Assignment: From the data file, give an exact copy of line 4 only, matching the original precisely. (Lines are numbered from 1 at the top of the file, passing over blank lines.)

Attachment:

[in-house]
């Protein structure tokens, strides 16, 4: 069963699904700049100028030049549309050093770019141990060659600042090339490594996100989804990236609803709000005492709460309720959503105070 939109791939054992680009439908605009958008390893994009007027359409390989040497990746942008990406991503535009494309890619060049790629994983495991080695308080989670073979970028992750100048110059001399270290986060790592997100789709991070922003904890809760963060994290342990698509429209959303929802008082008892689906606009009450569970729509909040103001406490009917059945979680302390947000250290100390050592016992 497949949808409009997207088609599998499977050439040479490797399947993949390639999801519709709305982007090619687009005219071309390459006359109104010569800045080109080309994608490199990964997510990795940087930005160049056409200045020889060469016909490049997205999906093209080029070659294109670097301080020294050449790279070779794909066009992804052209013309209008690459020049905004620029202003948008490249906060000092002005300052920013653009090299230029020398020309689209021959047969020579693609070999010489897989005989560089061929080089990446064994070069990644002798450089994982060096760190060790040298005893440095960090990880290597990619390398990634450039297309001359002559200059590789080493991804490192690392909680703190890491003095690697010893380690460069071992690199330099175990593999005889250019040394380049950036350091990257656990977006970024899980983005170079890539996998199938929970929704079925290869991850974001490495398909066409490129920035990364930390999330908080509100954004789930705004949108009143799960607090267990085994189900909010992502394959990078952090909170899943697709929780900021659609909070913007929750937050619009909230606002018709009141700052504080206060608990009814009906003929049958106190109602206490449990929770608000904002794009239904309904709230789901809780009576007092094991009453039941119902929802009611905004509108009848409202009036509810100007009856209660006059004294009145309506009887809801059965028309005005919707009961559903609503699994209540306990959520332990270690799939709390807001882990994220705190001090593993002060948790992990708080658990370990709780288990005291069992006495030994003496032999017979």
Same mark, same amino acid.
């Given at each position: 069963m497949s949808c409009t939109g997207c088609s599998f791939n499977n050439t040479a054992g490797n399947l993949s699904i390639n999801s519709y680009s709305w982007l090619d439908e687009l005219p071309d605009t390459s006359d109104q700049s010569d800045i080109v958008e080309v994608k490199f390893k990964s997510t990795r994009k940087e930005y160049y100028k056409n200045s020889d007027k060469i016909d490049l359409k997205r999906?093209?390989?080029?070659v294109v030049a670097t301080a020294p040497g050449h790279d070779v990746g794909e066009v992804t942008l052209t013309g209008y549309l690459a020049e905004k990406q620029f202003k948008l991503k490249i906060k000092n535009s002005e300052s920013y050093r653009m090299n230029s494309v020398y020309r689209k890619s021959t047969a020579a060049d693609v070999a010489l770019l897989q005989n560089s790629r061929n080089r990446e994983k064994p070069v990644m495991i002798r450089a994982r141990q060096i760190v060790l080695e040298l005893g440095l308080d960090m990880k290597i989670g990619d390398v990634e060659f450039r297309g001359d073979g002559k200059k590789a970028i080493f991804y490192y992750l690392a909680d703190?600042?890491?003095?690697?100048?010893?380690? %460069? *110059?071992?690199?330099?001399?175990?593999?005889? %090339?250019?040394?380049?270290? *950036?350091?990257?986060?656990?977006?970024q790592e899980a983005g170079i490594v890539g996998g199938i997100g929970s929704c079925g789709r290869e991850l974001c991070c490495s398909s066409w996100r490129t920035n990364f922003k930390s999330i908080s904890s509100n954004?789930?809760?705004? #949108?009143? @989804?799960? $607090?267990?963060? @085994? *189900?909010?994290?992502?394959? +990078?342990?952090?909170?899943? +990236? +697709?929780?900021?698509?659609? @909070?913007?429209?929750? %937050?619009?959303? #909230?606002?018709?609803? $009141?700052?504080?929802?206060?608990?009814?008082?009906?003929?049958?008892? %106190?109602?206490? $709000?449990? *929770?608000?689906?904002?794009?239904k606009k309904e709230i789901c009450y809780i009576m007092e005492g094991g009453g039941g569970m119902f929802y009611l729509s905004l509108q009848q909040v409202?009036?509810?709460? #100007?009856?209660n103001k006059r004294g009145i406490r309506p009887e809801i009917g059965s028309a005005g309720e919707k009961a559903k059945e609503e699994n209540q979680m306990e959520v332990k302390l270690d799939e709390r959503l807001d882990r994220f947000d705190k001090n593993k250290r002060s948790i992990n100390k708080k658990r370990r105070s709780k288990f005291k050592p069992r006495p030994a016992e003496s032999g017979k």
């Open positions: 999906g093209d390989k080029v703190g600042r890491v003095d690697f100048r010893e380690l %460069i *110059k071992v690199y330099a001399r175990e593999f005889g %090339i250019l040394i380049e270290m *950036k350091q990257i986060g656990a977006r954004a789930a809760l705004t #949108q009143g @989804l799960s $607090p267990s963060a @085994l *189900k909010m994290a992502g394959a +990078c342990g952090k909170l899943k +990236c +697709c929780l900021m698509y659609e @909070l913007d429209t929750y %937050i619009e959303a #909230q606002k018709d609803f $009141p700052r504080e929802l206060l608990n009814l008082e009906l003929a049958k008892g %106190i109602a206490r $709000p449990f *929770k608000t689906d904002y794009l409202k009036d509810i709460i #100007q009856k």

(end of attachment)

């Given at each position: 069963m497949s949808c409009t939109g997207c088609s599998f791939n499977n050439t040479a054992g490797n399947l993949s699904i390639n999801s519709y680009s709305w982007l090619d439908e687009l005219p071309d605009t390459s006359d109104q700049s010569d800045i080109v958008e080309v994608k490199f390893k990964s997510t990795r994009k940087e930005y160049y100028k056409n200045s020889d007027k060469i016909d490049l359409k997205r999906?093209?390989?080029?070659v294109v030049a670097t301080a020294p040497g050449h790279d070779v990746g794909e066009v992804t942008l052209t013309g209008y549309l690459a020049e905004k990406q620029f202003k948008l991503k490249i906060k000092n535009s002005e300052s920013y050093r653009m090299n230029s494309v020398y020309r689209k890619s021959t047969a020579a060049d693609v070999a010489l770019l897989q005989n560089s790629r061929n080089r990446e994983k064994p070069v990644m495991i002798r450089a994982r141990q060096i760190v060790l080695e040298l005893g440095l308080d960090m990880k290597i989670g990619d390398v990634e060659f450039r297309g001359d073979g002559k200059k590789a970028i080493f991804y490192y992750l690392a909680d703190?600042?890491?003095?690697?100048?010893?380690? %460069? *110059?071992?690199?330099?001399?175990?593999?005889? %090339?250019?040394?380049?270290? *950036?350091?990257?986060?656990?977006?970024q790592e899980a983005g170079i490594v890539g996998g199938i997100g929970s929704c079925g789709r290869e991850l974001c991070c490495s398909s066409w996100r490129t920035n990364f922003k930390s999330i908080s904890s509100n954004?789930?809760?705004? #949108?009143? @989804?799960? $607090?267990?963060? @085994? *189900?909010?994290?992502?394959? +990078?342990?952090?909170?899943? +990236? +697709?929780?900021?698509?659609? @909070?913007?429209?929750? %937050?619009?959303? #909230?606002?018709?609803? $009141?700052?504080?929802?206060?608990?009814?008082?009906?003929?049958?008892? %106190?109602?206490? $709000?449990? *929770?608000?689906?904002?794009?239904k606009k309904e709230i789901c009450y809780i009576m007092e005492g094991g009453g039941g569970m119902f929802y009611l729509s905004l509108q009848q909040v409202?009036?509810?709460? #100007?009856?209660n103001k006059r004294g009145i406490r309506p009887e809801i009917g059965s028309a005005g309720e919707k009961a559903k059945e609503e699994n209540q979680m306990e959520v332990k302390l270690d799939e709390r959503l807001d882990r994220f947000d705190k001090n593993k250290r002060s948790i992990n100390k708080k658990r370990r105070s709780k288990f005291k050592p069992r006495p030994a016992e003496s032999g017979k």